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Q&A: Following Upheaval in Egypt, Are Other Countries Next?

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After government-toppling protests in Tunisia and Egypt, other “people power” protests are popping up around the region.

Yemen was quick to follow with demonstrations of its own. In Jordan, King Abdullah moved fast to quell protests in his country by dismantling the cabinet.

In Algeria, anti-government activists defied a government ban over the weekend and tried to march in the capital Algiers, but scores of riot police were deployed to disband the demonstrations.

The Iranian opposition movement, quashed last year, reappeared Monday in Tehran’s Enghelab (Revolution) Square, where police used tear gas on the crowds.

And in Bahrain, where a Sunni minority rules a Shia majority, protesters demanding more political freedoms and jobs also were confronted by police. Updated 10 a.m. ET, Feb. 15: Two protesters died in the melee, and Bahrain’s King Hamad bin Isa Al Khalifa promised an investigation into the deaths and to move forward with reforms.

We asked Jon Alterman, director of the Middle East program and a senior fellow at the Center for Strategic and International Studies, to describe the sources of discontent in other countries in the region and the similarities and differences between their protests and those seen in Egypt and Tunisia:


Algeria is a huge oil producer, so rather than getting money in aid, the government takes in much more money through the oil business, but a lot of people feel that money doesn’t trickle down.

There’s a huge problem with hidden unemployment in Algeria, as people stay in school because they can’t get jobs. But it’s not that they’re really working in school, they’re just avoiding being on the job market. So there’s very high unemployment, especially among university graduates, and really profound unhappiness — they believe it should be a wealthy country but it’s not.

One of the significant things about Algeria is you really have very large population centers along the coast that aren’t Algiers. There are other major cities which have even more of the problems and get less attention initially. So like Tunisia, you might have the case where things start outside the capital and move in, rather than starting inside the capital and moving out.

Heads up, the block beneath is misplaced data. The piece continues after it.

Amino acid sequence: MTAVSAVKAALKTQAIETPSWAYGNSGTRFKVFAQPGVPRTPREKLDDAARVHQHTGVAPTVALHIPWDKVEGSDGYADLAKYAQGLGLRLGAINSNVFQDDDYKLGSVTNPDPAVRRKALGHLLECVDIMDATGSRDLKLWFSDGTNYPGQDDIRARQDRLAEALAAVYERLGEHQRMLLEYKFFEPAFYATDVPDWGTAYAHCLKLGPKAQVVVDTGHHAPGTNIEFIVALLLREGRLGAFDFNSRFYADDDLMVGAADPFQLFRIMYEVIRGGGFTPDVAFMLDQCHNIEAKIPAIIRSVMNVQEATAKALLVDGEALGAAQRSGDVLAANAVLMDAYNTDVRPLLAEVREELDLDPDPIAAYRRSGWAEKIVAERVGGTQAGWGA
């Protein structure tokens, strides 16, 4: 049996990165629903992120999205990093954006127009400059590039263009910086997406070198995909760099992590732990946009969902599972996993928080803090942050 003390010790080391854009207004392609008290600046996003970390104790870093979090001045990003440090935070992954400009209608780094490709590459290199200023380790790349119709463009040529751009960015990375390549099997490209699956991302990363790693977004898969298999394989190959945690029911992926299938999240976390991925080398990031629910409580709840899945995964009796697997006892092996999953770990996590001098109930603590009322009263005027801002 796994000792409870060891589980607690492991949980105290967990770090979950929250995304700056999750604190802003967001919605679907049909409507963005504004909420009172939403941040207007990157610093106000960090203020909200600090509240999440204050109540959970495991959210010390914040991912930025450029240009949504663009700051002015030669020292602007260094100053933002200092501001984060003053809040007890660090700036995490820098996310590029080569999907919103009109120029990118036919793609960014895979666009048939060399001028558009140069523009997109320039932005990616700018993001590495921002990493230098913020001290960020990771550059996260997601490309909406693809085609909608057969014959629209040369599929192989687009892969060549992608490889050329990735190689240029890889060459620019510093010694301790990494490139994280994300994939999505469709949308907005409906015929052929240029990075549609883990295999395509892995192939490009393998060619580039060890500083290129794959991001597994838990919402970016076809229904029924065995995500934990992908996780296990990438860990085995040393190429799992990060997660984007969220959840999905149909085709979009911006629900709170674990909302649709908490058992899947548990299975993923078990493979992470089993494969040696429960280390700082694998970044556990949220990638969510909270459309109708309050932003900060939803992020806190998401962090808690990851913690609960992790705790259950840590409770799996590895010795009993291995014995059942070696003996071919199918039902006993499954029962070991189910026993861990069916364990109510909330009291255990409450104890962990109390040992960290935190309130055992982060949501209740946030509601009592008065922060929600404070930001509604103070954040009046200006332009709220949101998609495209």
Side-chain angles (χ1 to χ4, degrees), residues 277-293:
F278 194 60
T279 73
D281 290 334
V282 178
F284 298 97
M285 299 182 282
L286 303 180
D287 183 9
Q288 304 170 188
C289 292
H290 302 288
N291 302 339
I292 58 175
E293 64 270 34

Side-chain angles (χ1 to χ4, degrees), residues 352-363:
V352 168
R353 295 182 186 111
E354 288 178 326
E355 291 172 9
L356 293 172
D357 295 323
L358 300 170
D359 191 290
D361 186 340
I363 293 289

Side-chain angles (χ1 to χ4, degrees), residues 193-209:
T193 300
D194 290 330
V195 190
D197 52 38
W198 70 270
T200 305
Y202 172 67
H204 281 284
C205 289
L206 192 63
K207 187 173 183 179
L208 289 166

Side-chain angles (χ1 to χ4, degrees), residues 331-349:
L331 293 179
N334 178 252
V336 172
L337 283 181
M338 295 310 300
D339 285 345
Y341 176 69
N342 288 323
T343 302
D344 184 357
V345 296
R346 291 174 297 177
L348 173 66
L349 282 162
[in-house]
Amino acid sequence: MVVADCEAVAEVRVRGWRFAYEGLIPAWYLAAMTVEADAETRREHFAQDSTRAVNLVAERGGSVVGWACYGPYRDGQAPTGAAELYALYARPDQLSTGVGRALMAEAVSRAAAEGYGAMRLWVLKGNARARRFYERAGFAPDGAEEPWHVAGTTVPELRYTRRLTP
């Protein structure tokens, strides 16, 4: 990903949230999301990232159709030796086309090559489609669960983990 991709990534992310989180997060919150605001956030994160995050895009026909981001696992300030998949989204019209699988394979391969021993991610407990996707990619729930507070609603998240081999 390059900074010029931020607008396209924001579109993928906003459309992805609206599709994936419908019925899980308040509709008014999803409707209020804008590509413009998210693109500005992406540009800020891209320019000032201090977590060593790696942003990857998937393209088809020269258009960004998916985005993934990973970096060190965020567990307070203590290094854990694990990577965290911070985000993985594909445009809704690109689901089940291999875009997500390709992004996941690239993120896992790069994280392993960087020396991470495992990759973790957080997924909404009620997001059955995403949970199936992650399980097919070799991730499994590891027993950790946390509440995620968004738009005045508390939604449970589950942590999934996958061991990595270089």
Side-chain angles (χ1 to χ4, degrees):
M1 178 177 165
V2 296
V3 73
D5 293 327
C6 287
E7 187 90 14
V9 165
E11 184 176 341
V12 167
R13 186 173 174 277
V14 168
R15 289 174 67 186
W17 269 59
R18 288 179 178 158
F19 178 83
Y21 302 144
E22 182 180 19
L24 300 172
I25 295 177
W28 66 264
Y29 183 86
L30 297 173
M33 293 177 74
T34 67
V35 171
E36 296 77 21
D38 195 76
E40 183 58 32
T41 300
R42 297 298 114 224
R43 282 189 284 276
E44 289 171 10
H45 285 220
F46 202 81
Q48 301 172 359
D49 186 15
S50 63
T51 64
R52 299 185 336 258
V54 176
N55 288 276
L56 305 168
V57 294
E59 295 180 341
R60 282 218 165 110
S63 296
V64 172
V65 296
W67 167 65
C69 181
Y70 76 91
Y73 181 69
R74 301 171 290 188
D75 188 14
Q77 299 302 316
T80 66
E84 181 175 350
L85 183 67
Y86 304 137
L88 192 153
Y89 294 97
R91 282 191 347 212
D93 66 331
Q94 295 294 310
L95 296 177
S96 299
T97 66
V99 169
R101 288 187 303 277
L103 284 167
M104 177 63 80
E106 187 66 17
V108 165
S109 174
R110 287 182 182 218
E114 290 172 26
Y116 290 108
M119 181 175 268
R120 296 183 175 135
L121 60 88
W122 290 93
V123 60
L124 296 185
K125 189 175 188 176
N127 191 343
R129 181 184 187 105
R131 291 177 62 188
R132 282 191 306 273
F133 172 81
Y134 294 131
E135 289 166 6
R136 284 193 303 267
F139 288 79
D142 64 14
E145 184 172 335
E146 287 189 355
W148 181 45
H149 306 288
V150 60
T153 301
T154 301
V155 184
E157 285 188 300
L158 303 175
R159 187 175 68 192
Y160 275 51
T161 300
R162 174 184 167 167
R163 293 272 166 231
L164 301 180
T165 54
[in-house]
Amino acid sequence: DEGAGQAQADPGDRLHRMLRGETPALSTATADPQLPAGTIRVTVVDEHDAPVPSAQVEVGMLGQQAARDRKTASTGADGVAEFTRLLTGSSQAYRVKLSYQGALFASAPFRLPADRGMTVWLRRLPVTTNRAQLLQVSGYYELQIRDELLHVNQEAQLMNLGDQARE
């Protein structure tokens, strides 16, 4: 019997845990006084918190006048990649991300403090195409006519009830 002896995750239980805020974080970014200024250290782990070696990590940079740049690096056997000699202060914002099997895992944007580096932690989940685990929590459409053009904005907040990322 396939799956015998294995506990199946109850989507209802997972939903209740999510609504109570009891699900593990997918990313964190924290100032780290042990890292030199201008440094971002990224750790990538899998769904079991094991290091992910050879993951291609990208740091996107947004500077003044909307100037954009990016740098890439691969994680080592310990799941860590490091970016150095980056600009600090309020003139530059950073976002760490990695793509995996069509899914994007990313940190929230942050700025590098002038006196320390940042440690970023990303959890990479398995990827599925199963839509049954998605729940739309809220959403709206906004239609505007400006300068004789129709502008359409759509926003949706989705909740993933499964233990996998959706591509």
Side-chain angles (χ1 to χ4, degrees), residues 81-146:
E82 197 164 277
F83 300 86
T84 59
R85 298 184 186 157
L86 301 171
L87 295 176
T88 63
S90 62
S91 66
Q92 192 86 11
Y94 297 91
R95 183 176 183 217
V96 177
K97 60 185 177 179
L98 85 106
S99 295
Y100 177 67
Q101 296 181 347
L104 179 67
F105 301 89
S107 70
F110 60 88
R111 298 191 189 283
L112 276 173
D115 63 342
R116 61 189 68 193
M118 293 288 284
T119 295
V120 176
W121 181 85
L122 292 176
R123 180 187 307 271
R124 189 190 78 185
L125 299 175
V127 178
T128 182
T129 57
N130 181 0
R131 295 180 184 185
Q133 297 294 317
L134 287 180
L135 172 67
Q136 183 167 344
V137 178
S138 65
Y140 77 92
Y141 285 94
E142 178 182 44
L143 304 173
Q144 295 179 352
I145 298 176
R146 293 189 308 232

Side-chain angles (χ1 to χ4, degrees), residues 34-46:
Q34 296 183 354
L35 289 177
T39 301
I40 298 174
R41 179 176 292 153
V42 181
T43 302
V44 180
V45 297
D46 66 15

One of the big differences with Iran is you don’t have a huge Farsi media environment, and I think that one of the important things in Egypt was the combination of social networking and satellite television. In Iran, you don’t have the same impact with an Al Jazeera or an Al Arabiya reporting on the protests. That being said, as we’ve seen before, the economic conditions in Iran are ripe for unrest. It’s just a question of how you catalyze them.


Yemen doesn’t have the sort of educated, disaffected population that we’ve seen in other places. It has an uneducated, disaffected population. And Yemeni politics have generally been interest group politics. That is, people have oftentimes through their tribes appealed for more resources.

There are three insurgencies going on in Yemen: one in the north with the Huthi (Shiite rebels) rebels; one with al-Qaeda in the Arabian Peninsula, which probably involves a few hundred fighters and many more people who are sympathetic, and then a secessionist movement in the South. It feels to me like in Yemen it’s not so much the unified claim against the system as it’s individual groups appealing for a larger share of the pie.

One of the interesting things about Egypt was you really had a movement that was able to unify and cross all kinds of boundaries, so it was broadly national, it was all classes, it seemed to cross all interest groups. And in Yemen, it’s hard to imagine how that breadth comes together.


Because you have a king, you have a little bit of a different situation. It gives a little more flexibility because a king can act like a referee instead of a player. He can move everybody around and can act in the national interests without losing in a way a president of a republic can’t. But it’s still a delicate game for kings to play.

Libya and Syria

Libya and Syria are not far from where Tunisia was — authoritarian governments, tight police states, very strict control of information, and have young people who are relatively educated or aspire to be who don’t see very many opportunities. They are two places where the government actively tried to keep things under wraps like Tunisia did, and so far has been successful. People have talked about protests and they fizzled. But the question becomes, looking forward, how successful will they be.

Many leaders in the region are on edge, though some places might not be as prone as others to an Egyptian-style revolution, said Alterman. “The Saudi government is clearly concerned, but they control so much of the wealth in society, and there is such a tight tie between the religious establishment and the monarchy, and such a social emphasis on loyalty and conformity that Saudi Arabia strikes me as less likely than many places to go through an upheaval,” he said.

Moroccans might be worried, he continued, because you have a large population with an economy which hasn’t performed as well as people would like, and people are critical of the control of life by people close to the palace.

“I think the reality is everybody’s worried, because Egypt was a cornerstone in the stability of the region. Egypt was not a risk-taking society under Hosni Mubarak, and that a place that was trying to play it all very conservatively should shudder is a cautionary tale for everybody,” Alterman said.

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